Muscle Structure And Function Definition of Meat and Muscle

Meat comes from the striated muscle of vertebrates. Some of the characteristics of the live muscle underlying meat quality, such as energy stores, connective tissue, and fat, are present at the time of death (see "Animal Factors Affecting Meat Quality," later in this article) and will affect the final meat quality. Other aspects of meat quality, particularly toughness, are affected by processing conditions that interact with some preslaughter attributes.

The muscles of a carcass, whatever the species, perform different functions while the animal is alive and are reflected in differences in physiology, structure, and biochemistry. The variation in these components underlies the differences between the various meat cuts, the use to which they are put, and the way they are cooked. The two major contributors of the muscle that have a bearing on meat quality and underpin meat science are the myofibrillar and the connective tissue proteins. To understand what happens when muscle changes into meat, including differences between the various meat cuts, it is necessary to consider the structure, biochemistry, and physiology of these proteins in detail.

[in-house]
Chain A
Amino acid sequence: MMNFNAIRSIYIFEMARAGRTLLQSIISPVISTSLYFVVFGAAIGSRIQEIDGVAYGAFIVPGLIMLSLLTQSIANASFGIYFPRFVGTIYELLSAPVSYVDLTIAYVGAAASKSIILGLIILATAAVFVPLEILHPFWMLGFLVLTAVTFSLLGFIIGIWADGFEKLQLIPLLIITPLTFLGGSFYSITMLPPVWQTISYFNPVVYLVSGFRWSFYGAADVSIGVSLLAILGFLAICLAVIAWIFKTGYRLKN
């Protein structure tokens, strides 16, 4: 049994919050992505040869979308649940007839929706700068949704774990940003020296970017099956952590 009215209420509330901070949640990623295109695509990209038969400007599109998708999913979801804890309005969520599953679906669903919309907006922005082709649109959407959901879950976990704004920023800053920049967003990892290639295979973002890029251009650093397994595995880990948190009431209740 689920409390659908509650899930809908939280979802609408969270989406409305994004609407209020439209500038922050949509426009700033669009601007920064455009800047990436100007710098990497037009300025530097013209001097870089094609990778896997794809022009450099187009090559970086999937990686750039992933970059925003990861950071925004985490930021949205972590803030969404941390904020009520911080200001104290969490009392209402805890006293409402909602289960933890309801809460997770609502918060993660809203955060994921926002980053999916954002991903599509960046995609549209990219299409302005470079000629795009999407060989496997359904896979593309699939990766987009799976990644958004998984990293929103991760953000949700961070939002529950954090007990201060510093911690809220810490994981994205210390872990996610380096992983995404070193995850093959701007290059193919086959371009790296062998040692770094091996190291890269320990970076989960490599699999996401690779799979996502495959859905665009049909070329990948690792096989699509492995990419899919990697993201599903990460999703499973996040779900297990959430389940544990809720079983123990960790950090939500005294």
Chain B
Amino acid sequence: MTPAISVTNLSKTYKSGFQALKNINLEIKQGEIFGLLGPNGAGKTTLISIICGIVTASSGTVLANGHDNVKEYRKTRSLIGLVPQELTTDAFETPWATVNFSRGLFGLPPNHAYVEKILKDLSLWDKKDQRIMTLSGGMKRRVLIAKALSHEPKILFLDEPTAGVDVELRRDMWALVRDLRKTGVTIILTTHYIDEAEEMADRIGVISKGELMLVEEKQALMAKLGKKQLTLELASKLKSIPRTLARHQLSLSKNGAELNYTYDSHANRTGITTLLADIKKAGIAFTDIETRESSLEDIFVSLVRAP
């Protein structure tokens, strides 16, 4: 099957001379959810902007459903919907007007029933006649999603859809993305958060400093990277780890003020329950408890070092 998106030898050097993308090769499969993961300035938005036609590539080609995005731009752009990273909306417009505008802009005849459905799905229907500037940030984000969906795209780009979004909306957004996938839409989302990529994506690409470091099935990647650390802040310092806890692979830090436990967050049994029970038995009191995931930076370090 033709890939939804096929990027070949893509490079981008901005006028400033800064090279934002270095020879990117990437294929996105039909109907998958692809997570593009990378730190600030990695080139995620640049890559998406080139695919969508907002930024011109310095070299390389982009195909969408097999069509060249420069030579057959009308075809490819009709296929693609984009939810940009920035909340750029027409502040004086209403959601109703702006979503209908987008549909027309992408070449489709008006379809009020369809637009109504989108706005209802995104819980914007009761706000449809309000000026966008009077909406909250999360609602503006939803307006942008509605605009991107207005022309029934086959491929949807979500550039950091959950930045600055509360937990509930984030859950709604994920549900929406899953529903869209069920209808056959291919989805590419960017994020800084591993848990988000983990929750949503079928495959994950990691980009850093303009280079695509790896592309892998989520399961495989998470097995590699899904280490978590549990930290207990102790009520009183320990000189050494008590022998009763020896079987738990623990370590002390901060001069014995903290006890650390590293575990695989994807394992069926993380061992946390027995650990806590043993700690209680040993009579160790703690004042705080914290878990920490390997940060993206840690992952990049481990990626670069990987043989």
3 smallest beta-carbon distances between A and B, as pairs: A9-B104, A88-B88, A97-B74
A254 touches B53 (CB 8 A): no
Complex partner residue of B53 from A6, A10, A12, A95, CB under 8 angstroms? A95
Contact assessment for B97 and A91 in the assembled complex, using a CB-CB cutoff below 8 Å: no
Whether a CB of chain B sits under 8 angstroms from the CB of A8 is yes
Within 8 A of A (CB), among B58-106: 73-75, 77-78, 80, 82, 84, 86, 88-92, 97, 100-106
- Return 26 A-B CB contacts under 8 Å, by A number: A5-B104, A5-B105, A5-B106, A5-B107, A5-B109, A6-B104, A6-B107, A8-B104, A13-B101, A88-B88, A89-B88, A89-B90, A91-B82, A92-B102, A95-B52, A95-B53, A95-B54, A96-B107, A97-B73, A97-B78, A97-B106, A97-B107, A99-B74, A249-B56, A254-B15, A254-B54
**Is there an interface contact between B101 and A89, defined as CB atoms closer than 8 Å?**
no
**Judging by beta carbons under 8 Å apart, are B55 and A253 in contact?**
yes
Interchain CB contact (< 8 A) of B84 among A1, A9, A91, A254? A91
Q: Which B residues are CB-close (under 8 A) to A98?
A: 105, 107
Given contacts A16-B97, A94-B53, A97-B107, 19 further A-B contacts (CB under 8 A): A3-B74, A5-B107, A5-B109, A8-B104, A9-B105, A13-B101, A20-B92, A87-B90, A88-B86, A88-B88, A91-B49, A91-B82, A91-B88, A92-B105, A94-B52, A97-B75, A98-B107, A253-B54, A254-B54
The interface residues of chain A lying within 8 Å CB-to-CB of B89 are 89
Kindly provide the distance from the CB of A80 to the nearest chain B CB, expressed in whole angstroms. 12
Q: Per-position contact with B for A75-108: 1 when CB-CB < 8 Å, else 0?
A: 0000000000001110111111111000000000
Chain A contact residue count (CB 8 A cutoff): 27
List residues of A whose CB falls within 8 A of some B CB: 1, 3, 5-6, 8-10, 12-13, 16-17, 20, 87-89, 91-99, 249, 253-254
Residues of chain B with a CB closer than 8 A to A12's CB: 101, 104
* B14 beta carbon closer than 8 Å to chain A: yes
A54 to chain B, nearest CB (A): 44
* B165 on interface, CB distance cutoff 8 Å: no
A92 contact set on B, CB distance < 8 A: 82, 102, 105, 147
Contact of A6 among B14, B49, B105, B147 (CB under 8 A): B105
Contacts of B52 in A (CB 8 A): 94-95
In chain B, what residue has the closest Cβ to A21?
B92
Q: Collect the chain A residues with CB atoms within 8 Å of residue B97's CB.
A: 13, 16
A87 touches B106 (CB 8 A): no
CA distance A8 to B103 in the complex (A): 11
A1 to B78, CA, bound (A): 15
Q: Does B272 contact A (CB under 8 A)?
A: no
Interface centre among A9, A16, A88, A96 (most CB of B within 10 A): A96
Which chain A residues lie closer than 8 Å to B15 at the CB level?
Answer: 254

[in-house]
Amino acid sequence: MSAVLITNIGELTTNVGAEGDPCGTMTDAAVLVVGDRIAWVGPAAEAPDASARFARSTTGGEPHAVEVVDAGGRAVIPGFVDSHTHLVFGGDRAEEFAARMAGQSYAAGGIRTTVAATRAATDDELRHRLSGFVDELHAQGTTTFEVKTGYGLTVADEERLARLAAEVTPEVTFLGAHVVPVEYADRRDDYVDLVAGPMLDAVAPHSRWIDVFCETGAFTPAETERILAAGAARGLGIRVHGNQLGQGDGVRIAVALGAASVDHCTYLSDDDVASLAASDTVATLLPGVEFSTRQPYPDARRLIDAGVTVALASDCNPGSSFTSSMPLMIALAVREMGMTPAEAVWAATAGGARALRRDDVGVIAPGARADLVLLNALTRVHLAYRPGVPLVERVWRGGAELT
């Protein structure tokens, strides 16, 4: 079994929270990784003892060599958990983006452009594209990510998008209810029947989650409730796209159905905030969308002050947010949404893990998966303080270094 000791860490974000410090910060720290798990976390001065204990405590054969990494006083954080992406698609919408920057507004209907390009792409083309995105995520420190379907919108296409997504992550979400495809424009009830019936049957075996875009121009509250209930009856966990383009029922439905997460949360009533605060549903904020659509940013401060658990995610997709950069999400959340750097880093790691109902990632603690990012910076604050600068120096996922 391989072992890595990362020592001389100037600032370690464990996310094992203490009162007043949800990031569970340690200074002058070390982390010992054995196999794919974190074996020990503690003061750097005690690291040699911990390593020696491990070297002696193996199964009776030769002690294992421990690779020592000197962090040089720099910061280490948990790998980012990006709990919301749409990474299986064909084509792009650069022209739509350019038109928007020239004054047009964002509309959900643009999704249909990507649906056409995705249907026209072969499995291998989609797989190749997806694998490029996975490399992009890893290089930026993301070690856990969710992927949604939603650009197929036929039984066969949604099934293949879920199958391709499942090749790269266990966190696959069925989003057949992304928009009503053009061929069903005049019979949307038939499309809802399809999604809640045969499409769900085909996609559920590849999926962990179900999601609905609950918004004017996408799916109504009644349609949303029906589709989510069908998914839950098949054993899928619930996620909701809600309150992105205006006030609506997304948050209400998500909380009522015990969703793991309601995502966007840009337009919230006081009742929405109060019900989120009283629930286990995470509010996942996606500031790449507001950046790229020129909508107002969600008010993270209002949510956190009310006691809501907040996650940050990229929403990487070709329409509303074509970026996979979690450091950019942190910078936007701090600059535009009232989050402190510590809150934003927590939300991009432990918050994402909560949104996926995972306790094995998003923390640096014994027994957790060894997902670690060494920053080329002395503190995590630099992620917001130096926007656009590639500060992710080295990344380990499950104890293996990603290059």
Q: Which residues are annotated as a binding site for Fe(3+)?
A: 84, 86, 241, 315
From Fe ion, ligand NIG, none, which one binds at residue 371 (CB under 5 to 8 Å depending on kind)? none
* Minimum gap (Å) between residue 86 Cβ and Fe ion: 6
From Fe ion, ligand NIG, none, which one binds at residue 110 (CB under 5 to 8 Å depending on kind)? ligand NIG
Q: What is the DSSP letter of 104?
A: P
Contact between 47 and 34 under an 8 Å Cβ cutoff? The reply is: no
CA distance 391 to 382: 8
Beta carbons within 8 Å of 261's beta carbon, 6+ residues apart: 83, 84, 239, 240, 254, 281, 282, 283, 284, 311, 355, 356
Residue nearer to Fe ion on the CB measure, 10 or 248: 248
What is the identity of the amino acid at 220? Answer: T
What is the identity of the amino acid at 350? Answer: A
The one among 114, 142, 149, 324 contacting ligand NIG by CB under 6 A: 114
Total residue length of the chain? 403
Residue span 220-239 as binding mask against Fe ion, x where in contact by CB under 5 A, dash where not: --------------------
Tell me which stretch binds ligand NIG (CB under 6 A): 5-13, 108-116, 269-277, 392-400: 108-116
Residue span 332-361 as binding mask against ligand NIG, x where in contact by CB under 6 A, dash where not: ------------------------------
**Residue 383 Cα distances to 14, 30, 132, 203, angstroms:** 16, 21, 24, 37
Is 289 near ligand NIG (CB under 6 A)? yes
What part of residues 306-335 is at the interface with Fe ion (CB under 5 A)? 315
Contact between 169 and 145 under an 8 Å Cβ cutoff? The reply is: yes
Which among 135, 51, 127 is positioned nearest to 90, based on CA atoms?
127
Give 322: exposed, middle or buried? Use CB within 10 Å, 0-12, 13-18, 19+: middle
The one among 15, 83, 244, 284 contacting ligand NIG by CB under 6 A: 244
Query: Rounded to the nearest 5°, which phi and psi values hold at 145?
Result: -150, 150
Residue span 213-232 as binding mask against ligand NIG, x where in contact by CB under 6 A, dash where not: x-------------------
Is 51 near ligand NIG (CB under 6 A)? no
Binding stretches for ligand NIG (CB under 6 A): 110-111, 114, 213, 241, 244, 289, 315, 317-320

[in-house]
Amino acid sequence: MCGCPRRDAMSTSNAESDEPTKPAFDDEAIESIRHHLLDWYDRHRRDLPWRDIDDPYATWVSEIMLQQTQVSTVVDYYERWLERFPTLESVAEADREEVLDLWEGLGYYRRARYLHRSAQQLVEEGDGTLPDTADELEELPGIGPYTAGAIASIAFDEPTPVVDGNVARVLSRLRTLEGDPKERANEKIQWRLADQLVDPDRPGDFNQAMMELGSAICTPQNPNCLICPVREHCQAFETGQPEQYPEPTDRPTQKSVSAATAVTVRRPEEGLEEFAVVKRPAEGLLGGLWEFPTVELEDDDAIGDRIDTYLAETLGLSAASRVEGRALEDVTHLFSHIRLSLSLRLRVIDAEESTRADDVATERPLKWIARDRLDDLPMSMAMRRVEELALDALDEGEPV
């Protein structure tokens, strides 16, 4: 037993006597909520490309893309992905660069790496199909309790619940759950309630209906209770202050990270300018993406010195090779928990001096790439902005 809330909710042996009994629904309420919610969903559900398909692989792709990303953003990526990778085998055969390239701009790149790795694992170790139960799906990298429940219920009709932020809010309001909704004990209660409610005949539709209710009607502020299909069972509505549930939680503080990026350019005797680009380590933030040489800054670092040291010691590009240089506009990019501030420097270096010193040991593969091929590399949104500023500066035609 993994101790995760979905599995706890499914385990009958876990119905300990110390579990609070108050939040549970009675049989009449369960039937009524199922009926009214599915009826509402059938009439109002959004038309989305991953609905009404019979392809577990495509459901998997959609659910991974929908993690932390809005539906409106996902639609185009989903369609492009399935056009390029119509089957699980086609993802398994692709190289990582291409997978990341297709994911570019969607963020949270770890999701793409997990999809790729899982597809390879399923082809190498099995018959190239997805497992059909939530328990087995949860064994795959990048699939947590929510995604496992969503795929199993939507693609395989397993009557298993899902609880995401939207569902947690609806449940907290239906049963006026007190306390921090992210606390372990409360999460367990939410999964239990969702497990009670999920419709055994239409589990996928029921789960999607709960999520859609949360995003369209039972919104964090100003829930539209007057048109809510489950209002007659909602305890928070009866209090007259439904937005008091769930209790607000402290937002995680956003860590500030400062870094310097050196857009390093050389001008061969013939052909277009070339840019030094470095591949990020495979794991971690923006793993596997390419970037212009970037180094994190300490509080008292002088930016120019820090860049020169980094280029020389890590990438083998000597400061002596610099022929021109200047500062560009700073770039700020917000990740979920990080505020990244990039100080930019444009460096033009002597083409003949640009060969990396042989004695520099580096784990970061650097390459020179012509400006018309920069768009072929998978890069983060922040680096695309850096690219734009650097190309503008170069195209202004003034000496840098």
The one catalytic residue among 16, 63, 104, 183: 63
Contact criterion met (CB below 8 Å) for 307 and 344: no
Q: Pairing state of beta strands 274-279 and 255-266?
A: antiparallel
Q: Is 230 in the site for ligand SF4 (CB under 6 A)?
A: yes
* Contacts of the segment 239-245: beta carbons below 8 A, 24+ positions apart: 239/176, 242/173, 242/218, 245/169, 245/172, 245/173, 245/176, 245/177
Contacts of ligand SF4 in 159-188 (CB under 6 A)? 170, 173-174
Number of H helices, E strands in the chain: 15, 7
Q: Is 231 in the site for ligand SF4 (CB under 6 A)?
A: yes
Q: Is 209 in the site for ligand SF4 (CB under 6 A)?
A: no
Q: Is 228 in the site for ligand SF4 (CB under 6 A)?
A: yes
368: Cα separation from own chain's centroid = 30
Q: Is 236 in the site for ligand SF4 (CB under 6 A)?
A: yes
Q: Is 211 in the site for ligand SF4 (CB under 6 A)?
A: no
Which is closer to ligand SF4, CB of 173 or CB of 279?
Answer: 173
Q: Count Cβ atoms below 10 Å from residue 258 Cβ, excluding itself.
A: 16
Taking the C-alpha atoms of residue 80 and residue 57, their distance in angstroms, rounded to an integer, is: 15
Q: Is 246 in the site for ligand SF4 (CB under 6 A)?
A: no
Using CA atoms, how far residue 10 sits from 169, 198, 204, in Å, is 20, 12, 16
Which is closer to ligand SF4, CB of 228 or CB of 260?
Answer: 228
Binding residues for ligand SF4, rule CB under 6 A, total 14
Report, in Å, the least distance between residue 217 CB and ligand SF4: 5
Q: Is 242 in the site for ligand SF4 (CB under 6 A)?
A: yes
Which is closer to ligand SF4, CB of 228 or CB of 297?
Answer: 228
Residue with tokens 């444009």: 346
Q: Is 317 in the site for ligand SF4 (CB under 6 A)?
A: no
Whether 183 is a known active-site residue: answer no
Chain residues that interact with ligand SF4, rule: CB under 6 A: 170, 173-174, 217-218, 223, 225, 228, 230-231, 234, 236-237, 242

Muscle tissue contracts in the living animal and can also contract after slaughter. The amount of shortening either before or after death is governed by skeletal restraint and the effect of antagonistic muscles. Figures 1 and 2 (1) show a muscle with its attachment to bones and a sequence of pictures of increasing magnification to show the structure of a single muscle fibril, 50 to 100 /¿m in diameter, at the electron microscope level.

Hip bone

Femur

Hip bone

Femur

M. semitendinosus

Ischiatic tuberosity

-Tendinous intersection

M. semitendinosus

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Responses

  • bertha
    How is it healthy muscle structure in meats?
    7 months ago

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